Ideal disinfectant 1. Must be effective against a wide variety of infectious agents at high dilutions and in the presence of organic matter. 2. Toxic for infectious agents no toxic to people or corrosive for common materials. 3. Odorless or with a pleasant odor, soluble in water and low surface tension. 4. Relatively inexpensive
Phenolics Denaturing proteins and disrupting cell membranes. Phenol, orthocresol( ) AdvantagesAdvantages: 1. Tuberculocidal 2. Effective in the presence of organic material. 3. Remain active on surfaces long after application. DisadvantagesDisadvantages: 1. Disagreeable odor 2. Cause skin irritation
alcohols Bactericidal and fungicidal, not sporicidal 70-80% ethanol and isopropanol Denature proteins and dissolve membrane lipids min soaking
Halogens Iodine and chlorine Iodine: oxidizing cell constituents iodinating cell proteins. 2% or more iodine in a water-ethanol solution of potassium iodide. Iodophor( ): iodine is complexed with an organic carries to form. water soluble, nonstaining, release iodine slowly to minimize skin burns and irritation. Chlorine: municipal water supplies swimming pools. Not spores Cl 2, HClO, Ca(OCl) 2, oxidation
Heavy metals Mercury (Hg), silver (Ag), arsenic(As), zinc (Zn), copper (Cu) 1% AgNO 3 : the eyes of infants to prevent ophthalmic gonorrhea Silver sulfadizine is used on burns. CuSO 4 : algicide in lakes and swimming pools.
Aldehydes Combine with nucleic acids and proteins and inactivate them, probably by cross- linking and alkylating molecules. Sporicidal Formaldehyde; 2% glutaraldehyde( )
Sterilizing gases Ethylene oxide gas 10-20% mixed with CO 2 or dichlorodifluoromethane( ) Relative humidity: 40-50% 38 o C 5-8h or 54 o C 3-4h EtO con: 700mg/liter Toxic! Removed before use.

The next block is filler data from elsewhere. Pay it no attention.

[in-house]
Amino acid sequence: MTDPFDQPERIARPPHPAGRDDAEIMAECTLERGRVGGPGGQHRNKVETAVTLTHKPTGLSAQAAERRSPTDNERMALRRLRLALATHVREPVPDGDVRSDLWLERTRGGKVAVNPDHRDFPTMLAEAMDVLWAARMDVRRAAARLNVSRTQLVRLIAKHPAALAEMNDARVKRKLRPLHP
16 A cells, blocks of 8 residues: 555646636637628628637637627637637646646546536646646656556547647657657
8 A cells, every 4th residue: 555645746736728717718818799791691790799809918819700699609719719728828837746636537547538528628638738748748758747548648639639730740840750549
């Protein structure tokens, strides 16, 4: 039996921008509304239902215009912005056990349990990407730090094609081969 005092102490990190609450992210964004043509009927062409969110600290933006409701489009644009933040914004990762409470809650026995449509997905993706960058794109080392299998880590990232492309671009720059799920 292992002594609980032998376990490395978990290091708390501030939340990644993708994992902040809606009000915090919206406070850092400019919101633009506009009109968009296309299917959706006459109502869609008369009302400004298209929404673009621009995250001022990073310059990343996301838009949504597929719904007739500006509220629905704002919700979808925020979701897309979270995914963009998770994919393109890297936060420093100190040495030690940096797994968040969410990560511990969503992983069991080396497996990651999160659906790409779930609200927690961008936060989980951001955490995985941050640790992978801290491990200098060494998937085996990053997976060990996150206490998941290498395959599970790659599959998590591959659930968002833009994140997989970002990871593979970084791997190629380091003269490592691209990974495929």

Evaluation of antimicrobial agent effectiveness The phenol coefficient test: The test bacteria: Salmonella typhi Staphylococcus aureus a series of dilutions of phenol and the experimental disinfectant. bacteria + agent; 5min, 10min, 15min; subculture to fresh medium, respectively; incubate 2-3 days. The highest dilutions that kill the bacteria after a 10mins exposure, but not after 5mins, are used to calculate the phenol coefficient. phenol coefficient =disinfect max dilution/phenol max dilution If >1: more effective than phenol
Microbial Growth Control: Chemotherapeutic agents Chemotherapeutic agents: to be used internally for control of infectious disease, they must have selective toxicity, these include: –Growth factor analog: Sulfa drugs ( ) Amino acid analogs Vitamin analogs DNA base, RNA base analogs
Chemotherapeutic agents: Antibiotics Antibiotics are chemical substances produced by certain microorganisms that inhibit and kill other microorganisms, they are natural products rather than synthetic chemicals –Gram-positive bacteria are usually more sensitive to Gram- negative bacteria –In bacteria, the important targets of antibiotic action are the cell wall, the cytoplasmic membrane and the biosynthetic processes of protein and nucleic acid synthesis – -lactam ( ) group, which includes the penicillins and related compounds, has major clinical significance
Range of actions of antibiotics and other agents
Mode of action of major antibiotics
Food Preservation Sterilization Low temperature (best -20 o C or 80 o C) pH or acidity Low water availability Canning Chemical food preservation
Questions several concepts Conditions influencing the effectiveness of antimicrobial agent activity? What are the physical- and chemical ways to halt microbial growth? On what sites do antibiotics act on cells? How to preserve food?